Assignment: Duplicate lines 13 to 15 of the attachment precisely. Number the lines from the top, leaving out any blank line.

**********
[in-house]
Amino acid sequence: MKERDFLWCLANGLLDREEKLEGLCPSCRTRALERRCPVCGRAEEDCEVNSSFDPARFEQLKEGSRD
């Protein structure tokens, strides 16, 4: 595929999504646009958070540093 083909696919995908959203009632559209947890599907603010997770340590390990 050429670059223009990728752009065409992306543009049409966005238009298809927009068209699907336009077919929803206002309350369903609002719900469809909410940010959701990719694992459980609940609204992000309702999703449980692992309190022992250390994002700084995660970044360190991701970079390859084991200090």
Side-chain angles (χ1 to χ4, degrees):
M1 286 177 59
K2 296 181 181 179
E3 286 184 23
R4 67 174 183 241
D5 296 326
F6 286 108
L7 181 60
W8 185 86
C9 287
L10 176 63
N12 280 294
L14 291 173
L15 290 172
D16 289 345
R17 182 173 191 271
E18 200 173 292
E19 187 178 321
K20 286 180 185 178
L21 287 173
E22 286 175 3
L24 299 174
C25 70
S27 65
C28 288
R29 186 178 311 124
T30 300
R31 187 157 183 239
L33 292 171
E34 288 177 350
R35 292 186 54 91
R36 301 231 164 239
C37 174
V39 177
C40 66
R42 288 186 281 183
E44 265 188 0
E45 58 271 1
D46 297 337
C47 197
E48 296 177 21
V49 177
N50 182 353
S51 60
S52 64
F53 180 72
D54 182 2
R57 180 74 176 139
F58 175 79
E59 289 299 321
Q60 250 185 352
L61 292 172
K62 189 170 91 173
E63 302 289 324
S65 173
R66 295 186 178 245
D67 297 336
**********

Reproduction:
C9 287
L10 176 63
N12 280 294